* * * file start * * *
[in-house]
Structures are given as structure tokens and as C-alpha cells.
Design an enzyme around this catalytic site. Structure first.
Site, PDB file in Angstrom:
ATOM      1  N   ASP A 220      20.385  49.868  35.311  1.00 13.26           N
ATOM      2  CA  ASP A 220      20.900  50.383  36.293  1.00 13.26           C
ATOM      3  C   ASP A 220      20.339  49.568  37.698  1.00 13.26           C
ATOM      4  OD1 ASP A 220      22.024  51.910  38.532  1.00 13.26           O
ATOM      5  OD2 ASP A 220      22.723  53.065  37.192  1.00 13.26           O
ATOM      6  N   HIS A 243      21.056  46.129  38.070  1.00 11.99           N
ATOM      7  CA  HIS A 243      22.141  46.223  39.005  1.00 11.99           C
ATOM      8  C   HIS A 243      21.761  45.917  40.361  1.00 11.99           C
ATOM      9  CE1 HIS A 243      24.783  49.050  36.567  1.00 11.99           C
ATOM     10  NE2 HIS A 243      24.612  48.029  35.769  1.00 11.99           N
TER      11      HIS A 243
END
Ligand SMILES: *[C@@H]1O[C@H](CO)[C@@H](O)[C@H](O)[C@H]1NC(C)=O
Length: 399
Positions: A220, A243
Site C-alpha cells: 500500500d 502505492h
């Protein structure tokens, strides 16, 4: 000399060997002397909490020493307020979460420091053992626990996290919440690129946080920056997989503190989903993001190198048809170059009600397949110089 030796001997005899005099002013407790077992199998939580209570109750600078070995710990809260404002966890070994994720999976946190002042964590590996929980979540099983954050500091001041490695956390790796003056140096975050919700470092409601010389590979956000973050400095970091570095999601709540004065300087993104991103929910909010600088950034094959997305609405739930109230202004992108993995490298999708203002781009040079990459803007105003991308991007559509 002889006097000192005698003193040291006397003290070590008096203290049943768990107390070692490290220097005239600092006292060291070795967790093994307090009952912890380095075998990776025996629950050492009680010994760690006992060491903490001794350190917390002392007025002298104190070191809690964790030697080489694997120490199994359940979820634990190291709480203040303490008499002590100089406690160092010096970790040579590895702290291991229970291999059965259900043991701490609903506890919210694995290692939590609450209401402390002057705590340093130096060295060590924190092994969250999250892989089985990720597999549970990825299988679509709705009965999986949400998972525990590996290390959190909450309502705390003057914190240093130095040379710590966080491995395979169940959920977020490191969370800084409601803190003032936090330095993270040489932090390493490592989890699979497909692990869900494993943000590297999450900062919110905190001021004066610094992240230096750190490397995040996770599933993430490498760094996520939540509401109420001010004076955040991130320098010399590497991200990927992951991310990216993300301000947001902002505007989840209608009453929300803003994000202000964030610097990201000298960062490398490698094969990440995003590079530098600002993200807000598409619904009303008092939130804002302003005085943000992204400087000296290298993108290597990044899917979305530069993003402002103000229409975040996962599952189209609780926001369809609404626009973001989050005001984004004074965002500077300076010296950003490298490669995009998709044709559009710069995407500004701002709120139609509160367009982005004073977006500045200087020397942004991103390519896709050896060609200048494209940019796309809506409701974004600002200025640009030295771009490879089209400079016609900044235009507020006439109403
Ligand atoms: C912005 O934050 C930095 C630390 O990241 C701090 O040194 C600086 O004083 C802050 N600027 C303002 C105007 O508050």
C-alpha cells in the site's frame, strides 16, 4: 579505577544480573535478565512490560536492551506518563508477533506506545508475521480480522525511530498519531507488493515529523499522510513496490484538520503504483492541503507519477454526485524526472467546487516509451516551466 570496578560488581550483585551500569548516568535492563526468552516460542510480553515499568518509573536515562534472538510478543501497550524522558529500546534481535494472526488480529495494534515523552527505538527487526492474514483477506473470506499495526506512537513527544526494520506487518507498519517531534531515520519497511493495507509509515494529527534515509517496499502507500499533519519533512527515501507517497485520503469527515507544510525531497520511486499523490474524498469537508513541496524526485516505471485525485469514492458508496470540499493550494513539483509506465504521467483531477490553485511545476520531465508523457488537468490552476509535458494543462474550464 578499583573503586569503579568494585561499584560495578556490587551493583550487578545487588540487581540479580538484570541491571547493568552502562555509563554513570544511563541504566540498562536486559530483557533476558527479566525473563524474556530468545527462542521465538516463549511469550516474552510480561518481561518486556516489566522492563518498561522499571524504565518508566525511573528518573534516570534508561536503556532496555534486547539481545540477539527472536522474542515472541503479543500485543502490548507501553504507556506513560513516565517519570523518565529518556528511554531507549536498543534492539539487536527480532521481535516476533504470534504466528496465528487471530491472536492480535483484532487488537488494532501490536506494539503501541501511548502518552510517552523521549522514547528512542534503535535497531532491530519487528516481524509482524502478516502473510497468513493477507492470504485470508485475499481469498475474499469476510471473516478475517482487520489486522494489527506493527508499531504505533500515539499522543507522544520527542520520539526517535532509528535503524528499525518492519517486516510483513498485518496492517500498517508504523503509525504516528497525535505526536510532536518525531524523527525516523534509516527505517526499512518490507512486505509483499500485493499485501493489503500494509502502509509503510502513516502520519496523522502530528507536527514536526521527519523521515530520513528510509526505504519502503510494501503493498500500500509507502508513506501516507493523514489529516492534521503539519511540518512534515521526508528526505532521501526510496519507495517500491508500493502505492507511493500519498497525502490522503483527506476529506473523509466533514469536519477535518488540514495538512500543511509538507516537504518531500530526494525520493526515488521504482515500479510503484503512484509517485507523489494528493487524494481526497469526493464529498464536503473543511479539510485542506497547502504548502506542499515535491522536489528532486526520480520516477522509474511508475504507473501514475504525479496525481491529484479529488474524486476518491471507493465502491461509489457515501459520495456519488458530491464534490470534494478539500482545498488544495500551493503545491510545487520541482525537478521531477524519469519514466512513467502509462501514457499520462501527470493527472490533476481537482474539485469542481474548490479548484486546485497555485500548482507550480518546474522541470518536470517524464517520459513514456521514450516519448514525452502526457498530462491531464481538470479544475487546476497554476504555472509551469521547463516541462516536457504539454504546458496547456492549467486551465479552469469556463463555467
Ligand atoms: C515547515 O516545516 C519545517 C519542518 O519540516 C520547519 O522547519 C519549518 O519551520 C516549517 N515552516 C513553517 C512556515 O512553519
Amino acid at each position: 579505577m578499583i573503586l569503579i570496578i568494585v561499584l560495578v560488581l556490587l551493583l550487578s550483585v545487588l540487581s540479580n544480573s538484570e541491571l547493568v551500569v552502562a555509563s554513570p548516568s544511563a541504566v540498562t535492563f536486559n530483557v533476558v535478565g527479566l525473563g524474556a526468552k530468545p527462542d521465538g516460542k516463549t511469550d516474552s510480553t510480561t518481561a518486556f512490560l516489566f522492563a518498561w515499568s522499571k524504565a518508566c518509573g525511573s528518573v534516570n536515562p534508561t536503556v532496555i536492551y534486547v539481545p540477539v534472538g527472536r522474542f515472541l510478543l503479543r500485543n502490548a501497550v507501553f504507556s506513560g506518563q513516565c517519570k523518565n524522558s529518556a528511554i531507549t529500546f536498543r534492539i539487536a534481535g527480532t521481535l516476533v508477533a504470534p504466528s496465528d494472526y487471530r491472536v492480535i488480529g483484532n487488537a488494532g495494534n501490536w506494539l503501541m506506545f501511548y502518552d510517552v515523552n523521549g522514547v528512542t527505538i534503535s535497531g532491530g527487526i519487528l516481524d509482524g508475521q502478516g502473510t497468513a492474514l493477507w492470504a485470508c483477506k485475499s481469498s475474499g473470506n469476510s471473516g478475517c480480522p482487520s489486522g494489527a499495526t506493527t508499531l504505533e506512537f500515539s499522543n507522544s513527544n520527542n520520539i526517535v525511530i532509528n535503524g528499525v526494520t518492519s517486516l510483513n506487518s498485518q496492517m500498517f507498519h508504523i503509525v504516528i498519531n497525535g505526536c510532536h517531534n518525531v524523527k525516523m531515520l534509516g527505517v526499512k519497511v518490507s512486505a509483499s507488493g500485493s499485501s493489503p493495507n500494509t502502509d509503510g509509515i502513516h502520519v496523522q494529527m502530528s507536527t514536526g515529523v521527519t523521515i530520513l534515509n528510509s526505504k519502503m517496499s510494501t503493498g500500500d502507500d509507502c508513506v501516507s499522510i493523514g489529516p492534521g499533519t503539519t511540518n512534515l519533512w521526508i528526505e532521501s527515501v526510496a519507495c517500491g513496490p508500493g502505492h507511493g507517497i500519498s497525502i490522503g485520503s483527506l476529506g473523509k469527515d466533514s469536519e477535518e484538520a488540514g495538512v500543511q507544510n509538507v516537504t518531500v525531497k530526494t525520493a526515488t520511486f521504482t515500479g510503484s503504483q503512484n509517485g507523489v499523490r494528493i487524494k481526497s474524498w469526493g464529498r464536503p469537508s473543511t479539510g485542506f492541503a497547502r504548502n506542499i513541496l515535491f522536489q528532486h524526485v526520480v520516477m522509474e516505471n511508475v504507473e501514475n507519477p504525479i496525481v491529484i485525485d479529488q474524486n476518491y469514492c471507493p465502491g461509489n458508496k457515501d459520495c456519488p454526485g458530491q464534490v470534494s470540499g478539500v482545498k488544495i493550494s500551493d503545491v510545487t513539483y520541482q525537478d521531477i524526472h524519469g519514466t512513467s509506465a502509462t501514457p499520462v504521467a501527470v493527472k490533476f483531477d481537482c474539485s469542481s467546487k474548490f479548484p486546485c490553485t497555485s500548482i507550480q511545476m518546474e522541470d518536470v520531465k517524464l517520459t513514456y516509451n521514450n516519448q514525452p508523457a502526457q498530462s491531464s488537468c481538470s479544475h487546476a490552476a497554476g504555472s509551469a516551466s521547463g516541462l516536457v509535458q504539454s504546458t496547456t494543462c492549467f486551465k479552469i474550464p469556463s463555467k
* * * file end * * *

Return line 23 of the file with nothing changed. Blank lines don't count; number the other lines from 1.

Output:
C-alpha cells in the site's frame, strides 16, 4: 579505577544480573535478565512490560536492551506518563508477533506506545508475521480480522525511530498519531507488493515529523499522510513496490484538520503504483492541503507519477454526485524526472467546487516509451516551466 570496578560488581550483585551500569548516568535492563526468552516460542510480553515499568518509573536515562534472538510478543501497550524522558529500546534481535494472526488480529495494534515523552527505538527487526492474514483477506473470506499495526506512537513527544526494520506487518507498519517531534531515520519497511493495507509509515494529527534515509517496499502507500499533519519533512527515501507517497485520503469527515507544510525531497520511486499523490474524498469537508513541496524526485516505471485525485469514492458508496470540499493550494513539483509506465504521467483531477490553485511545476520531465508523457488537468490552476509535458494543462474550464 578499583573503586569503579568494585561499584560495578556490587551493583550487578545487588540487581540479580538484570541491571547493568552502562555509563554513570544511563541504566540498562536486559530483557533476558527479566525473563524474556530468545527462542521465538516463549511469550516474552510480561518481561518486556516489566522492563518498561522499571524504565518508566525511573528518573534516570534508561536503556532496555534486547539481545540477539527472536522474542515472541503479543500485543502490548507501553504507556506513560513516565517519570523518565529518556528511554531507549536498543534492539539487536527480532521481535516476533504470534504466528496465528487471530491472536492480535483484532487488537488494532501490536506494539503501541501511548502518552510517552523521549522514547528512542534503535535497531532491530519487528516481524509482524502478516502473510497468513493477507492470504485470508485475499481469498475474499469476510471473516478475517482487520489486522494489527506493527508499531504505533500515539499522543507522544520527542520520539526517535532509528535503524528499525518492519517486516510483513498485518496492517500498517508504523503509525504516528497525535505526536510532536518525531524523527525516523534509516527505517526499512518490507512486505509483499500485493499485501493489503500494509502502509509503510502513516502520519496523522502530528507536527514536526521527519523521515530520513528510509526505504519502503510494501503493498500500500509507502508513506501516507493523514489529516492534521503539519511540518512534515521526508528526505532521501526510496519507495517500491508500493502505492507511493500519498497525502490522503483527506476529506473523509466533514469536519477535518488540514495538512500543511509538507516537504518531500530526494525520493526515488521504482515500479510503484503512484509517485507523489494528493487524494481526497469526493464529498464536503473543511479539510485542506497547502504548502506542499515535491522536489528532486526520480520516477522509474511508475504507473501514475504525479496525481491529484479529488474524486476518491471507493465502491461509489457515501459520495456519488458530491464534490470534494478539500482545498488544495500551493503545491510545487520541482525537478521531477524519469519514466512513467502509462501514457499520462501527470493527472490533476481537482474539485469542481474548490479548484486546485497555485500548482507550480518546474522541470518536470517524464517520459513514456521514450516519448514525452502526457498530462491531464481538470479544475487546476497554476504555472509551469521547463516541462516536457504539454504546458496547456492549467486551465479552469469556463463555467